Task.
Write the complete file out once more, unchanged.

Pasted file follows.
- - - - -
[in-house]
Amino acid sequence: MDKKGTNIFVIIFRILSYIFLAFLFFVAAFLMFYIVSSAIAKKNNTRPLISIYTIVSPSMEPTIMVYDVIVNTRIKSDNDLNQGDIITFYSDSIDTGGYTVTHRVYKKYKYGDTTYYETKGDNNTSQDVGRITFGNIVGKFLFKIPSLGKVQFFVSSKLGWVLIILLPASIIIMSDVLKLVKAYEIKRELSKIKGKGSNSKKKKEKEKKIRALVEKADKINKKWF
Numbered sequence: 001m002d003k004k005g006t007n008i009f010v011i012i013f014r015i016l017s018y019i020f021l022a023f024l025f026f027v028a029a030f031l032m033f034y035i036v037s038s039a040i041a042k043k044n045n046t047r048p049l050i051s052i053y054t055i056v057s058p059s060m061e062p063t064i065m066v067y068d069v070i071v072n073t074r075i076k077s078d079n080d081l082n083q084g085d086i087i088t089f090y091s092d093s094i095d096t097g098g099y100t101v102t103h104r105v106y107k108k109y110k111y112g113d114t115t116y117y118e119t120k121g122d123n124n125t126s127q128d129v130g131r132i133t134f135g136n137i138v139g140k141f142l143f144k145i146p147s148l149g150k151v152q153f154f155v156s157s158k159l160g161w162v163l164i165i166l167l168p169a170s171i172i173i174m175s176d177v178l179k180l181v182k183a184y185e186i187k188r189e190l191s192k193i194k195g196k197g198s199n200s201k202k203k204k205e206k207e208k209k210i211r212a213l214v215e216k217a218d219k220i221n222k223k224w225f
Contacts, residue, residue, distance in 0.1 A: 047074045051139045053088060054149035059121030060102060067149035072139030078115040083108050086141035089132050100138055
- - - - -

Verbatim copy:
[in-house]
Amino acid sequence: MDKKGTNIFVIIFRILSYIFLAFLFFVAAFLMFYIVSSAIAKKNNTRPLISIYTIVSPSMEPTIMVYDVIVNTRIKSDNDLNQGDIITFYSDSIDTGGYTVTHRVYKKYKYGDTTYYETKGDNNTSQDVGRITFGNIVGKFLFKIPSLGKVQFFVSSKLGWVLIILLPASIIIMSDVLKLVKAYEIKRELSKIKGKGSNSKKKKEKEKKIRALVEKADKINKKWF
Numbered sequence: 001m002d003k004k005g006t007n008i009f010v011i012i013f014r015i016l017s018y019i020f021l022a023f024l025f026f027v028a029a030f031l032m033f034y035i036v037s038s039a040i041a042k043k044n045n046t047r048p049l050i051s052i053y054t055i056v057s058p059s060m061e062p063t064i065m066v067y068d069v070i071v072n073t074r075i076k077s078d079n080d081l082n083q084g085d086i087i088t089f090y091s092d093s094i095d096t097g098g099y100t101v102t103h104r105v106y107k108k109y110k111y112g113d114t115t116y117y118e119t120k121g122d123n124n125t126s127q128d129v130g131r132i133t134f135g136n137i138v139g140k141f142l143f144k145i146p147s148l149g150k151v152q153f154f155v156s157s158k159l160g161w162v163l164i165i166l167l168p169a170s171i172i173i174m175s176d177v178l179k180l181v182k183a184y185e186i187k188r189e190l191s192k193i194k195g196k197g198s199n200s201k202k203k204k205e206k207e208k209k210i211r212a213l214v215e216k217a218d219k220i221n222k223k224w225f
Contacts, residue, residue, distance in 0.1 A: 047074045051139045053088060054149035059121030060102060067149035072139030078115040083108050086141035089132050100138055